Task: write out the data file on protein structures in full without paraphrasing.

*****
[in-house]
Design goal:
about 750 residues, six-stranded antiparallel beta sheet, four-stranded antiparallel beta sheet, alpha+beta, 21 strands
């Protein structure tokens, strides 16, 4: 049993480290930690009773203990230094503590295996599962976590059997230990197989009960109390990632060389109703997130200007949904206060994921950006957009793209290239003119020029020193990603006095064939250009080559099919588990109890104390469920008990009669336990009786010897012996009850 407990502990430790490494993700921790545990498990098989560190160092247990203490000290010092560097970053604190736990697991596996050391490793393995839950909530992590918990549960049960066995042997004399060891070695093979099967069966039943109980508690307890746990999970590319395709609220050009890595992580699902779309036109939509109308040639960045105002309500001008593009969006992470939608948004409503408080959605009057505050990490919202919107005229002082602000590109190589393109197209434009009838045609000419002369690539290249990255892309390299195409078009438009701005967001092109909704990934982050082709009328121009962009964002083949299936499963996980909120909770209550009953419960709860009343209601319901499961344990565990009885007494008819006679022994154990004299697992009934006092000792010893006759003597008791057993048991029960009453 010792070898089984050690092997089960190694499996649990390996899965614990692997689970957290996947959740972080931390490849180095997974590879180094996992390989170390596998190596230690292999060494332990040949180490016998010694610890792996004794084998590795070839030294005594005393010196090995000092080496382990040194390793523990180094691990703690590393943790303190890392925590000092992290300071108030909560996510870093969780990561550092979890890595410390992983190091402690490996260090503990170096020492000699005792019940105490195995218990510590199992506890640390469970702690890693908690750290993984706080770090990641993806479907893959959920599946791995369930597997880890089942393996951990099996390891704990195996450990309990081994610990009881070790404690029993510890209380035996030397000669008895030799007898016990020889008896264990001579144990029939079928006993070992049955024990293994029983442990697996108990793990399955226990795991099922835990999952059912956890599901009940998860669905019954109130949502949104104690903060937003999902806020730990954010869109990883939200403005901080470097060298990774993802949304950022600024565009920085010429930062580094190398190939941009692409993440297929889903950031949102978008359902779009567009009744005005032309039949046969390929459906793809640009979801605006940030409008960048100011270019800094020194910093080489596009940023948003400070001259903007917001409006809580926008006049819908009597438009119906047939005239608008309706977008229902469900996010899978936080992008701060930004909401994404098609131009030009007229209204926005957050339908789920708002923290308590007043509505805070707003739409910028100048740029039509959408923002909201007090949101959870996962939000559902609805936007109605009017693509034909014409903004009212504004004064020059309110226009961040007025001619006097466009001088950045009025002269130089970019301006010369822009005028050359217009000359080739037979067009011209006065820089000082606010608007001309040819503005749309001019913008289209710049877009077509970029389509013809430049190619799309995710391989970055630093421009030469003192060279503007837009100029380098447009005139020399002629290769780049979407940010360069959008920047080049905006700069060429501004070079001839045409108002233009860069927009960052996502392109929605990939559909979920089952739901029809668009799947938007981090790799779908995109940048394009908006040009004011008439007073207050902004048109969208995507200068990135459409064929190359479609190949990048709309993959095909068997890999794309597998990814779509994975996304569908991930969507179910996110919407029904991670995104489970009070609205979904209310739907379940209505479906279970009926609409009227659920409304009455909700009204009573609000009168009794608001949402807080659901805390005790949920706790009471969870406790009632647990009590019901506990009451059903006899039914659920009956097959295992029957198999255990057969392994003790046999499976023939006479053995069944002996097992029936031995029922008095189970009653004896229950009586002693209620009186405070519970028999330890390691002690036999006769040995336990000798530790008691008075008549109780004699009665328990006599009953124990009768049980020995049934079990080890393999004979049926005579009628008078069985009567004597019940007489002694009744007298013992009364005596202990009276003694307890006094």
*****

[in-house]
Design goal:
about 750 residues, six-stranded antiparallel beta sheet, four-stranded antiparallel beta sheet, alpha+beta, 21 strands
């Protein structure tokens, strides 16, 4: 049993480290930690009773203990230094503590295996599962976590059997230990197989009960109390990632060389109703997130200007949904206060994921950006957009793209290239003119020029020193990603006095064939250009080559099919588990109890104390469920008990009669336990009786010897012996009850 407990502990430790490494993700921790545990498990098989560190160092247990203490000290010092560097970053604190736990697991596996050391490793393995839950909530992590918990549960049960066995042997004399060891070695093979099967069966039943109980508690307890746990999970590319395709609220050009890595992580699902779309036109939509109308040639960045105002309500001008593009969006992470939608948004409503408080959605009057505050990490919202919107005229002082602000590109190589393109197209434009009838045609000419002369690539290249990255892309390299195409078009438009701005967001092109909704990934982050082709009328121009962009964002083949299936499963996980909120909770209550009953419960709860009343209601319901499961344990565990009885007494008819006679022994154990004299697992009934006092000792010893006759003597008791057993048991029960009453 010792070898089984050690092997089960190694499996649990390996899965614990692997689970957290996947959740972080931390490849180095997974590879180094996992390989170390596998190596230690292999060494332990040949180490016998010694610890792996004794084998590795070839030294005594005393010196090995000092080496382990040194390793523990180094691990703690590393943790303190890392925590000092992290300071108030909560996510870093969780990561550092979890890595410390992983190091402690490996260090503990170096020492000699005792019940105490195995218990510590199992506890640390469970702690890693908690750290993984706080770090990641993806479907893959959920599946791995369930597997880890089942393996951990099996390891704990195996450990309990081994610990009881070790404690029993510890209380035996030397000669008895030799007898016990020889008896264990001579144990029939079928006993070992049955024990293994029983442990697996108990793990399955226990795991099922835990999952059912956890599901009940998860669905019954109130949502949104104690903060937003999902806020730990954010869109990883939200403005901080470097060298990774993802949304950022600024565009920085010429930062580094190398190939941009692409993440297929889903950031949102978008359902779009567009009744005005032309039949046969390929459906793809640009979801605006940030409008960048100011270019800094020194910093080489596009940023948003400070001259903007917001409006809580926008006049819908009597438009119906047939005239608008309706977008229902469900996010899978936080992008701060930004909401994404098609131009030009007229209204926005957050339908789920708002923290308590007043509505805070707003739409910028100048740029039509959408923002909201007090949101959870996962939000559902609805936007109605009017693509034909014409903004009212504004004064020059309110226009961040007025001619006097466009001088950045009025002269130089970019301006010369822009005028050359217009000359080739037979067009011209006065820089000082606010608007001309040819503005749309001019913008289209710049877009077509970029389509013809430049190619799309995710391989970055630093421009030469003192060279503007837009100029380098447009005139020399002629290769780049979407940010360069959008920047080049905006700069060429501004070079001839045409108002233009860069927009960052996502392109929605990939559909979920089952739901029809668009799947938007981090790799779908995109940048394009908006040009004011008439007073207050902004048109969208995507200068990135459409064929190359479609190949990048709309993959095909068997890999794309597998990814779509994975996304569908991930969507179910996110919407029904991670995104489970009070609205979904209310739907379940209505479906279970009926609409009227659920409304009455909700009204009573609000009168009794608001949402807080659901805390005790949920706790009471969870406790009632647990009590019901506990009451059903006899039914659920009956097959295992029957198999255990057969392994003790046999499976023939006479053995069944002996097992029936031995029922008095189970009653004896229950009586002693209620009186405070519970028999330890390691002690036999006769040995336990000798530790008691008075008549109780004699009665328990006599009953124990009768049980020995049934079990080890393999004979049926005579009628008078069985009567004597019940007489002694009744007298013992009364005596202990009276003694307890006094």